With the IndyCar Classic taking place at Circuit of the Americas this weekend, the only driver with lots of previous racing experience at the COTA is ready to get the show on the road.
By Chantal Rice, Photos courtesy of IndyCar
As the NTT IndyCar Series revs up to take on its inaugural race at Austin’s Circuit of the Americas track this weekend, ushering in a new era of motorsports merriment for race-loving Central Texans, IndyCar drivers, now one race into the season, are primed to put the pedal to the metal and deliver a legendary competition.
And one particular driver, Marcus Ericsson of Arrow Schmidt Peterson Motorsports, who has scads of racing experience—which began at his local go-kart track in Sweden when he was just 9 years old—may have an edge at the COTA, despite this season being his first as an IndyCar driver and finishing 20th in the first race in St. Petersburg, Fla., thanks to his No. 7 car’s mechanical failure. That’s because Ericsson’s natural racing prowess and impressive work ethic earned him a driving position in Formula 1, the world’s most elite racing series, for five seasons. As such, this down-to-earth yet incredibly focused Swede is the only IndyCar driver to have actually raced the COTA track extensively, which could equate to a favorable outcome for him.
Here, Ericsson—who professes a love for all things hockey, acknowledges Survivor’s “Eye of the Tiger” is always on his playlist and says his all-time favorite movie is Rocky—discusses how he’s acclimating to IndyCar, what he’s most looking forward to this race season and his favorite spots in Austin.
ATX Man: As a driver in IndyCar’s first race at the COTA, you’ve got more racing time here than any other IndyCar driver because of your experience with F1. Are you feeling good about this race because of that? It looks like some other drivers struggled to find their line around the COTA in spring training?
Marcus Ericsson: Yeah, it’s definitely an advantage for me. I’ve been [to the COTA] with F1 four times before, so I have a good knowledge of the track. I plan on taking advantage of that in the race. It’s great IndyCar is going to the COTA. It’s going to be an amazing race.
AM: IndyCar is definitely a different monster than F1. How have you been adjusting to the downforce and other differences with the car?
ME: It’s definitely a different type of car to drive. There’s less downforce than F1, so there’s more moving around and I’m fighting the car more. And there’s no power steering in IndyCar. It’s a different way you feel the car when driving. It’s been a process. I’m taking it step by step. With spring training at the COTA, I felt like I was taking steps there and really getting there.
AM: What do you do to get your body physically ready for this racetrack in IndyCar?
ME: You need to have good cardio because it’s a two-hour race. I have to stay fully focused. My heart rate is running really high. The biggest difference is F1, with higher corner speeds, means a lot more strength in the neck and shoulder area. But IndyCar requires more strength in the actual arms, more effort from the arms. Both are very difficult to drive. So, I work out every day. I have my own trainer who does training programs with me. I try to not build up too much bulky muscle and do more circuit training and incorporate my body weight and keep my heart rate up.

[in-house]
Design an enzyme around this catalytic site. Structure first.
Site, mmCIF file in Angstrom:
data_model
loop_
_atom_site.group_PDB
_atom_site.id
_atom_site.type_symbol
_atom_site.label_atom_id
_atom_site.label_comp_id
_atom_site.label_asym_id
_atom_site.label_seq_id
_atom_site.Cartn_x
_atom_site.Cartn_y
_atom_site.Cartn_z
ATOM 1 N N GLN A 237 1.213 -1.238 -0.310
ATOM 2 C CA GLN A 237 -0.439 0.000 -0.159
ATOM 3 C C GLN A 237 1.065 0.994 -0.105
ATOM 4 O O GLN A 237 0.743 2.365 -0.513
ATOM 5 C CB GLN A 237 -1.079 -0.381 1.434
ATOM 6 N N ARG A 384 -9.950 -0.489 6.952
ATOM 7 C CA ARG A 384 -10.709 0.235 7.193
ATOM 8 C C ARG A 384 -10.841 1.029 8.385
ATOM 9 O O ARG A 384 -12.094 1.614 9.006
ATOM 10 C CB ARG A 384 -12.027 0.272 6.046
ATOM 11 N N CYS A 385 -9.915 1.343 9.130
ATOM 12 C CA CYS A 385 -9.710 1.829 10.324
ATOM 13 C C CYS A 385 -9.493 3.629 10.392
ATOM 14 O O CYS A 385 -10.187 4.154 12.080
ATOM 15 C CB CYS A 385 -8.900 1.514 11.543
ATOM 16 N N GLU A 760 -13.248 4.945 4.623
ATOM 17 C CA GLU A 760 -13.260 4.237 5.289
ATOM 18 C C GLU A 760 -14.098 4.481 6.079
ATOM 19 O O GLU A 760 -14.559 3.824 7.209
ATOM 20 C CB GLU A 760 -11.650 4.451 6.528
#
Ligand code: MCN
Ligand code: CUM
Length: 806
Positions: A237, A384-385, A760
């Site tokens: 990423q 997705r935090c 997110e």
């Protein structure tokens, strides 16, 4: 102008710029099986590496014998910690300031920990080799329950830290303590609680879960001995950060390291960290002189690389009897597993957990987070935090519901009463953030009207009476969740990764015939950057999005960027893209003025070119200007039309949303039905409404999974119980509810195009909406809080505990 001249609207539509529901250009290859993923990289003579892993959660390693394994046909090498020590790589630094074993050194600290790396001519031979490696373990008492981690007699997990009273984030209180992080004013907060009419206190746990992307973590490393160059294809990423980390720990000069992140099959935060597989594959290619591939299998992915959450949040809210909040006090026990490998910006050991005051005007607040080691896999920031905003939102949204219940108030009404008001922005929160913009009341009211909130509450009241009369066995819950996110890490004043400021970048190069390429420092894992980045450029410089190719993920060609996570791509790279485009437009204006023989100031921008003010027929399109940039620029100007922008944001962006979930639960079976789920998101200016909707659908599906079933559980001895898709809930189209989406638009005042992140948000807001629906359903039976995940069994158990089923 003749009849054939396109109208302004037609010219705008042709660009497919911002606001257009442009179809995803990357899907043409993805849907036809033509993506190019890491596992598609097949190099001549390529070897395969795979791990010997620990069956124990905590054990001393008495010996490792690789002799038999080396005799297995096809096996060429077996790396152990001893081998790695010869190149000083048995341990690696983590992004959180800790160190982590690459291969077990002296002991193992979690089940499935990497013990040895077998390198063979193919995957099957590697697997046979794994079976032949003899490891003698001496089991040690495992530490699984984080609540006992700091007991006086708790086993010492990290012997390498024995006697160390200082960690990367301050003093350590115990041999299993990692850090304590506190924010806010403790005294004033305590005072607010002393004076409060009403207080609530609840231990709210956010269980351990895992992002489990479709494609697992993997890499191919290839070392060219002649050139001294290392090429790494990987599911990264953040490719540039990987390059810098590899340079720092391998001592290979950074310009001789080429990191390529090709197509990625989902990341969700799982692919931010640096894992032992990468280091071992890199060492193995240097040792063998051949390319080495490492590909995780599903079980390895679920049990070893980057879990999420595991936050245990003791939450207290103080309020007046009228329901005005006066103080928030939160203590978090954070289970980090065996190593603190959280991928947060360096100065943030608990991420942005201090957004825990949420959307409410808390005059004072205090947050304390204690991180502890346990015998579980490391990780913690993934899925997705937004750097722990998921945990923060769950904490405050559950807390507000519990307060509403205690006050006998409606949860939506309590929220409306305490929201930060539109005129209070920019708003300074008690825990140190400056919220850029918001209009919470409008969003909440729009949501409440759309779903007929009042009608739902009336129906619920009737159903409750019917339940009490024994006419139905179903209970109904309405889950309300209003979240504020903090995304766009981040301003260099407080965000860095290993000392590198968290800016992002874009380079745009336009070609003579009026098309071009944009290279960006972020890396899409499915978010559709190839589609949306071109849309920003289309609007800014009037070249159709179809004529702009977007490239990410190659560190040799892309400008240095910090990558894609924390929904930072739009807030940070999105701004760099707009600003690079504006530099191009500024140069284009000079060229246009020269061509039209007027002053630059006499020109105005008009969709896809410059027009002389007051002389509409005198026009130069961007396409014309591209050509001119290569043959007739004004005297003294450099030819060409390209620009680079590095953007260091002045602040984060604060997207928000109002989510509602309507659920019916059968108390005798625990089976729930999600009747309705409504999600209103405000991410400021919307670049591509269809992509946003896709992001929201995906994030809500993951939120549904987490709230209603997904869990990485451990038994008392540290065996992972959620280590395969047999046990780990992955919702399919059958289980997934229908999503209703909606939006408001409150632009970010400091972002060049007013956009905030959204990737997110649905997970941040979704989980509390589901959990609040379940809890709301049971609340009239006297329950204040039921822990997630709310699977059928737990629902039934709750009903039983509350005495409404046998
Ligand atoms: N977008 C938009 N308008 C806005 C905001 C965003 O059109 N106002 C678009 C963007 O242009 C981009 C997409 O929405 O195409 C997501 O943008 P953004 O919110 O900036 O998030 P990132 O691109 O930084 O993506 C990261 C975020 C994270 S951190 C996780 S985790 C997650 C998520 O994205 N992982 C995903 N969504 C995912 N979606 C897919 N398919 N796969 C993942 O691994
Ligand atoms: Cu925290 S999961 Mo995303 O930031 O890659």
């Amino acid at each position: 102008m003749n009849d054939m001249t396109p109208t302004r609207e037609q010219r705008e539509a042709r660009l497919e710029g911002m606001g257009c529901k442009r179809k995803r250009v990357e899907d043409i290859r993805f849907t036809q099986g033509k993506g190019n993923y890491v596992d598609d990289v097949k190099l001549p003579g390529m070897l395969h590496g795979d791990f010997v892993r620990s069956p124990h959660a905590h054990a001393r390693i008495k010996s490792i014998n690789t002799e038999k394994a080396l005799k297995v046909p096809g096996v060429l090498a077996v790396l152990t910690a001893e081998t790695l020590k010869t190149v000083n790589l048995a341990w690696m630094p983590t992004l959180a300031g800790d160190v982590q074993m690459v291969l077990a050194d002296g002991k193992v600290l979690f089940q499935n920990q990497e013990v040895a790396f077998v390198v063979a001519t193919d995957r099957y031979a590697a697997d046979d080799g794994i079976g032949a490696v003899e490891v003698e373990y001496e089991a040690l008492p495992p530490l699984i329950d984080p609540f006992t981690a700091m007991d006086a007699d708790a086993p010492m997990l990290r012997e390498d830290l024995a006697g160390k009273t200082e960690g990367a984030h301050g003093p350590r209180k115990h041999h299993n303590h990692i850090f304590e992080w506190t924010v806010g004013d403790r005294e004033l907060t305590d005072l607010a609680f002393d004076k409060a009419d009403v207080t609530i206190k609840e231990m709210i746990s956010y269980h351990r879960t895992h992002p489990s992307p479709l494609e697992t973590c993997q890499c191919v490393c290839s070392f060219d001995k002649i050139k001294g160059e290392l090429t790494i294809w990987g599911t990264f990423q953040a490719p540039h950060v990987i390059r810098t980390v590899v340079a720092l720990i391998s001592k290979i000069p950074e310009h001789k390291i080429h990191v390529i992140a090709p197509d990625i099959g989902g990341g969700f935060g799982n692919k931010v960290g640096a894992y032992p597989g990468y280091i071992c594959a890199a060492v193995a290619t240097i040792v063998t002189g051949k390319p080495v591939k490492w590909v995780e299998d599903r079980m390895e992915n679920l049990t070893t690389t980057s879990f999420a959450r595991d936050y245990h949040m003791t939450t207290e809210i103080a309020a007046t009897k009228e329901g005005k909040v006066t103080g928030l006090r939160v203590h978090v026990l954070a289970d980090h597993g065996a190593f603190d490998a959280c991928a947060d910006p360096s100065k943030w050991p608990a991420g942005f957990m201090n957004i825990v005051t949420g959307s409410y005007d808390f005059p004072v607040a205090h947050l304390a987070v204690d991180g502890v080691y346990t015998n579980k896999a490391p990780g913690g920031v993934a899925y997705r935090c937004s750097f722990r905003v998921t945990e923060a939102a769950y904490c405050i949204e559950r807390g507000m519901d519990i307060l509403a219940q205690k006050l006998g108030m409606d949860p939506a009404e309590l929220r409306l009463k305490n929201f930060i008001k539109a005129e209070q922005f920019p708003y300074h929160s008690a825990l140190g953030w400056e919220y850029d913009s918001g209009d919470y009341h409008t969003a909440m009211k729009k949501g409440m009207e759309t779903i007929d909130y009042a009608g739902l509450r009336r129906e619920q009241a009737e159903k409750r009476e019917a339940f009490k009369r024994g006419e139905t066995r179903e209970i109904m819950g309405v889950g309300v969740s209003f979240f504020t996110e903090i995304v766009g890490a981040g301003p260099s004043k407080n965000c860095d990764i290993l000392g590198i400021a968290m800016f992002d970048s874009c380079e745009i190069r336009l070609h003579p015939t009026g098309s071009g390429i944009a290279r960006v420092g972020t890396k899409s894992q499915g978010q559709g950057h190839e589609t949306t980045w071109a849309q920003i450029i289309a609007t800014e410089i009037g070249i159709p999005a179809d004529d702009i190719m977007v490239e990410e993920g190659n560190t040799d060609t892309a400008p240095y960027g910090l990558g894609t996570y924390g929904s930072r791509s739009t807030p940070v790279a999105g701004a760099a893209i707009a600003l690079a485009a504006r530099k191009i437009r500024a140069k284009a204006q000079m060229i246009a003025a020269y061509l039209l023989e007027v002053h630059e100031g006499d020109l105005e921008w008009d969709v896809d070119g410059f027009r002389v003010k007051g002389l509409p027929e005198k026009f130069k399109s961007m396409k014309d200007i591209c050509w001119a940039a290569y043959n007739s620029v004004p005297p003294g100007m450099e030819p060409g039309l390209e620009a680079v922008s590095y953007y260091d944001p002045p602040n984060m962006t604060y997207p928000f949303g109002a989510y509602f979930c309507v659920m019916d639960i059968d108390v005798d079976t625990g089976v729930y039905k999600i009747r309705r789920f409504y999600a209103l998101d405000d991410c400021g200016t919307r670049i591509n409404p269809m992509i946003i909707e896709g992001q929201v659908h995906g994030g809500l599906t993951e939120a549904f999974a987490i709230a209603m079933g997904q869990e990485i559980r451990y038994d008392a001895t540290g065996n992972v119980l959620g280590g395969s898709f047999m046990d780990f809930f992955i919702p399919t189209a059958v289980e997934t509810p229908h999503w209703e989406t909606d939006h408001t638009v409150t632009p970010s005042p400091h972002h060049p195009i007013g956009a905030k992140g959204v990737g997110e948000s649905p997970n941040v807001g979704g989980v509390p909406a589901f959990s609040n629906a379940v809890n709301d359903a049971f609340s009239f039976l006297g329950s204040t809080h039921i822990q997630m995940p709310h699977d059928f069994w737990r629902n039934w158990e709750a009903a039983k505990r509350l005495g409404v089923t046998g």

AM: How are things going with your new teammate, James Hinchcliffe? Is your new team helping you settle in well to IndyCar?
ME: It’s been great so far. It’s a great team I’m driving for. Hinchcliffe is the perfect teammate for me. He’s a very open and friendly guy. Plus, he’s a really good driver. I’ve already learned a lot from him. He’s helping me get up to speed and I’m having a lot of fun.
AM: What are you most looking forward to at the IndyCar Classic at the COTA?
ME: I hope, with my experience, I will have a bit of an edge on the others and do well. I look forward to coming back to Austin. Racing there is always a great atmosphere in front of fans. I really believe IndyCar is going to put on a great show, probably better than F1 because the cars are a bit slower and run closer together. It will be very exciting!
AM: What are you most looking forward to this IndyCar race season?
ME: It’s a dream to win the Indy 500. But I have huge respect for the other drivers. Some guys have been driving in this series for 20 years. I expect to be tough and right up there fighting. With my experience and skills, I should be able to compete in the very top. The goal is to win at least one race and finish high at the top as much as possible. I’m super excited!
AM: Austin is the Live Music Capital of the World. When preparing for race day, do you listen to any particular music as you’re gearing up?
ME: When I’m getting ready, I like to listen to harder tunes. I’ve got System of a Down on my playlist, and Millencolin, a Swedish band. I like to go out to different bars in Austin and listen to live music. There are so many great spots.
AM: You’ve been coming to Austin for a few years now for racing. Do you have any favorite local spots?
ME: I love Austin. It’s one of my favorite places in the world. There are lots of different restaurants I try to explore. Rainey Street is great. I like Swift’s Attic on Congress. That’s a really good one. The last time I was there, I found Sway, which I love. Uchi is amazing. It’s very authentic Japanese. Oh, and Terry Black’s is maybe my favorite food. Texas barbecue is something I have to have when I’m in Austin!
Check back for more IndyCar coverage and driver Q&As leading up to and following the IndyCar Classic at the Circuit of the Americas March 22 through 24.